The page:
Greek Islands

Continued (page 5 of 5)


This dramatic, volcanic island makes a fine base of operations, as long as nightlife is not what you're after. Drink in the magnificent caldera (also the harbor), take the cable car to the capital, Fira, and spend time in elegant Oia, the gentrified village of 19th-century villas and restored troglodytic peasant houses. Note the sand here is not white but black.


The single most famous Greek island is having another moment, and it's a good choice if you like to be where it's at. With its windmills, Little Venice and Alefkandra (the artists' quarter), the main town, Mykonos, is beautiful and unusual. It's less of a gay mecca than it once was (the clothing-optional end of Super Paradise beach is another matter). Even here, seclusion can still be found in other parts of the island.


Easily accessible from Mykonos, the sacred birthplace of Artemis and Apollo, with its world-famous archeological sites, is memorably atmospheric—though less so in the boiling-hot, crowded afternoons. Try to catch the first ferry. Keep in mind that you can't stay on the island.


Less frequented by international style-seekers and Americans, though quite popular with Europeans, the third-largest island in the Cyclades has a lot going for it: great, white beaches, scores of good tavernas (cafés) and pretty fishing villages. There are also frenetic towns, more or less ruined by tourism: the two ports Parikia and Naoussa among them.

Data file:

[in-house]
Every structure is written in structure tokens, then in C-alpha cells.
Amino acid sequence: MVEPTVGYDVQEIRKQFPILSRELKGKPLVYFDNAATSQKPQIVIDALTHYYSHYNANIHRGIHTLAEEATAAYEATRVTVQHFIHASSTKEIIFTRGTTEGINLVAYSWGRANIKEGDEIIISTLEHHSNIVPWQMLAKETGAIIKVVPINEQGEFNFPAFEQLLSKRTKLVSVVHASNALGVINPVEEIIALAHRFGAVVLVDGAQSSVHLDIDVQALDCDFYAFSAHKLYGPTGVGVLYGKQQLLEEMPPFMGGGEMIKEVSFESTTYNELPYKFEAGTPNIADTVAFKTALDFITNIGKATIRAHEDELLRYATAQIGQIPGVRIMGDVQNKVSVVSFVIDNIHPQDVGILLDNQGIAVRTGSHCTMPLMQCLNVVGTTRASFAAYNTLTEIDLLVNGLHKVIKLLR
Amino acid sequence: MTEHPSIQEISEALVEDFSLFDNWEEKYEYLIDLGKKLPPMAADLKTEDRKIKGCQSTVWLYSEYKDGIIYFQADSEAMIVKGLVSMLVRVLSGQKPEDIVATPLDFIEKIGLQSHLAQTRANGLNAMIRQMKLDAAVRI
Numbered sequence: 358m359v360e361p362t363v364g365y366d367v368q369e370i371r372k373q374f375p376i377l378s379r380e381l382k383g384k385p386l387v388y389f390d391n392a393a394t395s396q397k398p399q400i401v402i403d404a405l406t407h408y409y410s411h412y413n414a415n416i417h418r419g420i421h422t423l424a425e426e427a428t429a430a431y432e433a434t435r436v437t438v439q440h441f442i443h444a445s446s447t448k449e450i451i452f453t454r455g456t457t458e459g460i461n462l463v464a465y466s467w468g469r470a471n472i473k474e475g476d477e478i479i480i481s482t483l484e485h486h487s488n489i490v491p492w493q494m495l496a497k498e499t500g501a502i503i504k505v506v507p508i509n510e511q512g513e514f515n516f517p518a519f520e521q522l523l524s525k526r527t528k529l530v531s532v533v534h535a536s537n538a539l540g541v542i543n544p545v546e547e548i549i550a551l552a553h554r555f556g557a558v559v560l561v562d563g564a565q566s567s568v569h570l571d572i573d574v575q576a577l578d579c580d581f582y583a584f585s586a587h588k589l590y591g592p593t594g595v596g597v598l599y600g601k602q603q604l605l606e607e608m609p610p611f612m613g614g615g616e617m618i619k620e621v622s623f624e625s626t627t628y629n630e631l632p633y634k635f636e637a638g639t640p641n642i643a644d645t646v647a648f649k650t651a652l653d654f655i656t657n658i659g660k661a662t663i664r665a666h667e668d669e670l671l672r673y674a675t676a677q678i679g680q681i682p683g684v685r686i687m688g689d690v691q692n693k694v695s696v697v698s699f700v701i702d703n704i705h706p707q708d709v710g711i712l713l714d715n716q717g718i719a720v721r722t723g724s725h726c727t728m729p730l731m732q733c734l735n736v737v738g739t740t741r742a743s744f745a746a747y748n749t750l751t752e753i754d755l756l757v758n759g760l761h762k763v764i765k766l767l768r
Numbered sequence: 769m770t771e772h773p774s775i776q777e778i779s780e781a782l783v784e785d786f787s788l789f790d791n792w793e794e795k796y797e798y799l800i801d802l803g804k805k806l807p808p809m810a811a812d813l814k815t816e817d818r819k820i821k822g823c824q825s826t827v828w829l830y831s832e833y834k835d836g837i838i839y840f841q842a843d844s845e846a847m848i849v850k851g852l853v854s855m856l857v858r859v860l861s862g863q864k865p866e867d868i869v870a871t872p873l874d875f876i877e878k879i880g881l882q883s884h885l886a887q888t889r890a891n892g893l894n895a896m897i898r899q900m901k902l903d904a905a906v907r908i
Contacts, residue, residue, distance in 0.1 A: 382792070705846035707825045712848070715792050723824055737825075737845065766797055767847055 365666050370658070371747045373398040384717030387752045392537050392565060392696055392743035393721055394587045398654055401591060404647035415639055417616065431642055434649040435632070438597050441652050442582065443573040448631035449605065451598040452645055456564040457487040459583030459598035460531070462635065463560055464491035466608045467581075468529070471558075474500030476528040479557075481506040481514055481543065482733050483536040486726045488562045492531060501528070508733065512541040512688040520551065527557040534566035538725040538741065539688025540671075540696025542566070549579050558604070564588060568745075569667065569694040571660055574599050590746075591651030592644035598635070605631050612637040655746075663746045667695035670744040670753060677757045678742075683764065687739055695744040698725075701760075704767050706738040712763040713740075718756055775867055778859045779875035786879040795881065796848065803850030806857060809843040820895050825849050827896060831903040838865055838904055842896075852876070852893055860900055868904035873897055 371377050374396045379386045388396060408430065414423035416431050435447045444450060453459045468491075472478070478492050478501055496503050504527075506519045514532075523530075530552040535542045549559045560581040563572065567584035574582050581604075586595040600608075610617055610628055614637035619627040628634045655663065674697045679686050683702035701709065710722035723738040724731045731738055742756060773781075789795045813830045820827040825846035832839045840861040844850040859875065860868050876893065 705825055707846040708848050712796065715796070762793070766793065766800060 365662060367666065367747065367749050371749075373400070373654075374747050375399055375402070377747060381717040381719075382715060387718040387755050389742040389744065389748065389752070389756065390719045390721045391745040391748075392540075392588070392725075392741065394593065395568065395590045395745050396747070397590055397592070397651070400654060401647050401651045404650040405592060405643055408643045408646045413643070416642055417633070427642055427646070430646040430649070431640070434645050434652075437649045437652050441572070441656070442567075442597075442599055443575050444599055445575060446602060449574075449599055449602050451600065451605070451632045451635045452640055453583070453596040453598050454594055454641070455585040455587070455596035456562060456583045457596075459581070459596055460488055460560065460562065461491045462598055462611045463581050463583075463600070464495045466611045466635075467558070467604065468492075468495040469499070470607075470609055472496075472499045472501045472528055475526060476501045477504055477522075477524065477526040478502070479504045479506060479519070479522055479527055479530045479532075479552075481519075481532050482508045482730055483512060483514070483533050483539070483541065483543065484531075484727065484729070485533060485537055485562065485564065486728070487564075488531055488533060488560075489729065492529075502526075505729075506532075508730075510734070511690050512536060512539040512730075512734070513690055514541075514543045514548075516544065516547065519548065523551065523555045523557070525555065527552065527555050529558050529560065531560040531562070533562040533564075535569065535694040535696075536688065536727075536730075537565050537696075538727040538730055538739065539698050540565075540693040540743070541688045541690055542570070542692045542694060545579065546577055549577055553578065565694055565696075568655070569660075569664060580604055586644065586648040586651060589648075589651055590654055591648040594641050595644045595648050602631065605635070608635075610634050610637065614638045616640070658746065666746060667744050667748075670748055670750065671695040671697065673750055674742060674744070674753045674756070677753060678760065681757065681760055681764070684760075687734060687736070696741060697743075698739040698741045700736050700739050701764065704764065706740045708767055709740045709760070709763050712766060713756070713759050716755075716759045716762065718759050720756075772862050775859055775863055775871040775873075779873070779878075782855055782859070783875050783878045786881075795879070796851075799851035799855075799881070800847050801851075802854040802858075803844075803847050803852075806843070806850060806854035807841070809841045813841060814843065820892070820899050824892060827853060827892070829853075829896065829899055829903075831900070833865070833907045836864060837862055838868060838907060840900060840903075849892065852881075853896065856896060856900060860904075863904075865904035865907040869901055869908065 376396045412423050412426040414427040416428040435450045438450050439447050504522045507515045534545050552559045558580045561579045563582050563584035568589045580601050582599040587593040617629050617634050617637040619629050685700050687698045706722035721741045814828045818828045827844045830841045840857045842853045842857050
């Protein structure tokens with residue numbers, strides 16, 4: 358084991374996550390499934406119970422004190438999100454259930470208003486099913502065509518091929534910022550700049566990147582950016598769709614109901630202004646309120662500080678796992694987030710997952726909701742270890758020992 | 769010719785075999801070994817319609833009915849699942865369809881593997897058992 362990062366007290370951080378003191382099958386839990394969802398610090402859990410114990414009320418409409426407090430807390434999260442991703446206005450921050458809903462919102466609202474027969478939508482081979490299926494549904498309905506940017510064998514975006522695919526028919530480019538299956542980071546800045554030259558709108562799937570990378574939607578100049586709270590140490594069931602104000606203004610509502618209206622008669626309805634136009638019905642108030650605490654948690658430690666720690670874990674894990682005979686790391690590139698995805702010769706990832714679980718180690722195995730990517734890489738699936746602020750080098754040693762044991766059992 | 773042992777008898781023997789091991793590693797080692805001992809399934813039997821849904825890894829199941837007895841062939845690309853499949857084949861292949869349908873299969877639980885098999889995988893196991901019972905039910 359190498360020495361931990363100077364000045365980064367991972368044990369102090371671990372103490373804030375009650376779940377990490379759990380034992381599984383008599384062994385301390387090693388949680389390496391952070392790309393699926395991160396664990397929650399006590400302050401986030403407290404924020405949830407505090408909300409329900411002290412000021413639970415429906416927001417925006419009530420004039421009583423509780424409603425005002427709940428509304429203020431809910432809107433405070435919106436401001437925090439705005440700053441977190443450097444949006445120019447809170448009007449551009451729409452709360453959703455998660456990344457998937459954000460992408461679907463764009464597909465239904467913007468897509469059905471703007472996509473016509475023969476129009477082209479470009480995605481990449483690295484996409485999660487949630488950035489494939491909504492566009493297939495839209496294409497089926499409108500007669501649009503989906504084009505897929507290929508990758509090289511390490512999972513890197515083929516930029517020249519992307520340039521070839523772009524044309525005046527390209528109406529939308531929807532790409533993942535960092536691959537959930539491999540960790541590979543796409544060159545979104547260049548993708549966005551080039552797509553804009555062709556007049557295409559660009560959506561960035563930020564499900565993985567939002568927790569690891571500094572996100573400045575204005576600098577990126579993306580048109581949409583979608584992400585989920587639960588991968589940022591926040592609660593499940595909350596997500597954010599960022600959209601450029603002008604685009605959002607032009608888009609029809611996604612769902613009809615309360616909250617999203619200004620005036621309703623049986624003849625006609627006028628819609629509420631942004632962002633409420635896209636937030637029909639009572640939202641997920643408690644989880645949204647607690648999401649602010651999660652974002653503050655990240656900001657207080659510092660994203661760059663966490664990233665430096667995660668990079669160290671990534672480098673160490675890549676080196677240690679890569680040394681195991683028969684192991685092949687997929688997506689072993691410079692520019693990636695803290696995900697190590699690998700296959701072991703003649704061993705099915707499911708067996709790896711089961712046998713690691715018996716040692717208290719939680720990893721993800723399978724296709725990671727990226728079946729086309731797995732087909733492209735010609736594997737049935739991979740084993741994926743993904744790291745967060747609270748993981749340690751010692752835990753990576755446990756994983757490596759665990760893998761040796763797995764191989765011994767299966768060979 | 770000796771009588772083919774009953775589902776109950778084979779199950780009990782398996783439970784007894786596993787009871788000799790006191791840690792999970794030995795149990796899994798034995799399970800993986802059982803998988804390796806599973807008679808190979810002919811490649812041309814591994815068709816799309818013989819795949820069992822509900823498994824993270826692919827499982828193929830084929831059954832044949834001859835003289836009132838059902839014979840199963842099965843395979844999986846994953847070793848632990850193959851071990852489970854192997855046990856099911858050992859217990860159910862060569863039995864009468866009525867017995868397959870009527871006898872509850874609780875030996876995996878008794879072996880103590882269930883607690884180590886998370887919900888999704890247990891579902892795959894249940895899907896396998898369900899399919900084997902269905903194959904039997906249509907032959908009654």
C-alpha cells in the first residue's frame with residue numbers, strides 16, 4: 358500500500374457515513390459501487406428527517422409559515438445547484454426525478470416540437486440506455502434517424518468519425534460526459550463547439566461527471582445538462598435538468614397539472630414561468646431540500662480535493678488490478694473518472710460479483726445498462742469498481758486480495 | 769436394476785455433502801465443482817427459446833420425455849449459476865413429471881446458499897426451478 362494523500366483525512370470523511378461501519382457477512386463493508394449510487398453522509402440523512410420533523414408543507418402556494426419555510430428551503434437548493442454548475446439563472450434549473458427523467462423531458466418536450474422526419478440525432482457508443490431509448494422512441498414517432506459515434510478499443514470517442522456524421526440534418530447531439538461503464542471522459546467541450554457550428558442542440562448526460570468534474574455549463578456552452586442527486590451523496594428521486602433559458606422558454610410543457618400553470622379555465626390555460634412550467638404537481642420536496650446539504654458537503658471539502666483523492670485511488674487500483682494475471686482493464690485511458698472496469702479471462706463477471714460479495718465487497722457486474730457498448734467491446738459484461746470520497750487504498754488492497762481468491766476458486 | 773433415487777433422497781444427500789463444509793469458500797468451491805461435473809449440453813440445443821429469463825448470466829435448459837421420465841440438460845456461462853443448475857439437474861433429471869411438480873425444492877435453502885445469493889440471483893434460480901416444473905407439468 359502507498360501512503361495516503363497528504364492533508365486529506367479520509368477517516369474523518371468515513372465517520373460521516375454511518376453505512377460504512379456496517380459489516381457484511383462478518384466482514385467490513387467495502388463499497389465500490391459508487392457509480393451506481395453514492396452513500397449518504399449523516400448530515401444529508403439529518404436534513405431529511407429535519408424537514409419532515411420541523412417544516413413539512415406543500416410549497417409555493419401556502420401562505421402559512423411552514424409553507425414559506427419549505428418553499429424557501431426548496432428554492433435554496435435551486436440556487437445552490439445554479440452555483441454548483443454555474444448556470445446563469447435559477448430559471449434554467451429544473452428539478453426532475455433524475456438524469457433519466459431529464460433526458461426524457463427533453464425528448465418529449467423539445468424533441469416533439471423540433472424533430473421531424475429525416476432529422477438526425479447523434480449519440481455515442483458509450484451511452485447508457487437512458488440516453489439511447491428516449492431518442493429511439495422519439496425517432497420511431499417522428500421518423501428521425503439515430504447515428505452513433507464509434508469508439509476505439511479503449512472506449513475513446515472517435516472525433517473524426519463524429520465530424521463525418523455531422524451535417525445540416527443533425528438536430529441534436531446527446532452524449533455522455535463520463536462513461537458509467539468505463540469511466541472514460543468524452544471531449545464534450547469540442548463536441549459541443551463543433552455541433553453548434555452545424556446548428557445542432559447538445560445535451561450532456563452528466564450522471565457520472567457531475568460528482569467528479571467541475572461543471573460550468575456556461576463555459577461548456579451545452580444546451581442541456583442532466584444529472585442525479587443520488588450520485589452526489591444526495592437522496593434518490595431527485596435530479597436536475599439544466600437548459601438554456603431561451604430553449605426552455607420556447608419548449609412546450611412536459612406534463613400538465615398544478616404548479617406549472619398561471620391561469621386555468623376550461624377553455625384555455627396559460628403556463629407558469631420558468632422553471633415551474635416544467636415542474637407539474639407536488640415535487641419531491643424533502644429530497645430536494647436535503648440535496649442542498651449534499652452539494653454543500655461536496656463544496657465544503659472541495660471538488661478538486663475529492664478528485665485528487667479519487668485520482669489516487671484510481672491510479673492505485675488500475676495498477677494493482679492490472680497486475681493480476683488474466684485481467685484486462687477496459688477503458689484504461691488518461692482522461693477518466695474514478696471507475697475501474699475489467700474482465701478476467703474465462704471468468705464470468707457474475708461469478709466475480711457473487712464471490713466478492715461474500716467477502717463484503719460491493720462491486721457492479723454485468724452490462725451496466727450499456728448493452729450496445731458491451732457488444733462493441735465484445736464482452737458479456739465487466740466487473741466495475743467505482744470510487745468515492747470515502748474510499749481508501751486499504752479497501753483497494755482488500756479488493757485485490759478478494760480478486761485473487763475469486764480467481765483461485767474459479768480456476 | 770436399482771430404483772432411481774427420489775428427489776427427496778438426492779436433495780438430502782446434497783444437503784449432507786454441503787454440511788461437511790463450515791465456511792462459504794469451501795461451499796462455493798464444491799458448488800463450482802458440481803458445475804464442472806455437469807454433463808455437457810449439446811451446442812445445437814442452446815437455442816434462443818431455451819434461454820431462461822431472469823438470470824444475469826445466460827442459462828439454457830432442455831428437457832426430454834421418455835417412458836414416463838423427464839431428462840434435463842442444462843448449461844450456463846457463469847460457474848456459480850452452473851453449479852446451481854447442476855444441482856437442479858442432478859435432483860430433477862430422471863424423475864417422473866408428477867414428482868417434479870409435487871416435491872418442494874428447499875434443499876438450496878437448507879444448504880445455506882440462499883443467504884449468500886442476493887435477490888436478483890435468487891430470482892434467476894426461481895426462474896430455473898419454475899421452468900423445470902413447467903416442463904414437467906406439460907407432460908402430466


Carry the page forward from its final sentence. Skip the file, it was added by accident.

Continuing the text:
Virtually unknown to Americans, this compact island with 365 churches is one of the prettiest in the Cyclades. The distinct dearth of top-class accommodations has kept it off the map, but between the lively port Kamares, the inland capital Apollonia and sleepy, medieval Kastro, there's a lot to like. And Sifniot chefs are said to be the best in Greece.


The chief Ionian island seems more Italian than Greek—it's near the toe of Italy and was under Venetian rule for four centuries. Tragically, much evidence of that period was razed by the massive earthquake of 1953, but the ocher and pink houses still differ from the white-and-blue Aegean norm, and the Italianate capital is downright elegant. There are also big beaches and party towns for mass tourism, plus quiet, upscale villages. Hotels aren't great; the best way to stay here is to rent a villa.


Like Corfu, the chief island of the Dodecanese chain differs greatly from the Aegean standard, though here it's not Italy but neighboring Turkey that has exerted its influence—the Ottoman rule lasted 300 years. Rhodes Old Town is Europe's biggest inhabited medieval town, worth seeing for its three-mile ramparts alone.


The biggest Greek island has quite distinct attributes due to its size, its mountainous topography and the fact that it's the birthplace of the Minoan culture. Archeology buffs are in heaven here, with the magnificent Heraklion Archaeological Museum (Xanthoudidiou St.; 302810-226092) and the Minoan Palace of Knossos being the greatest of sights.

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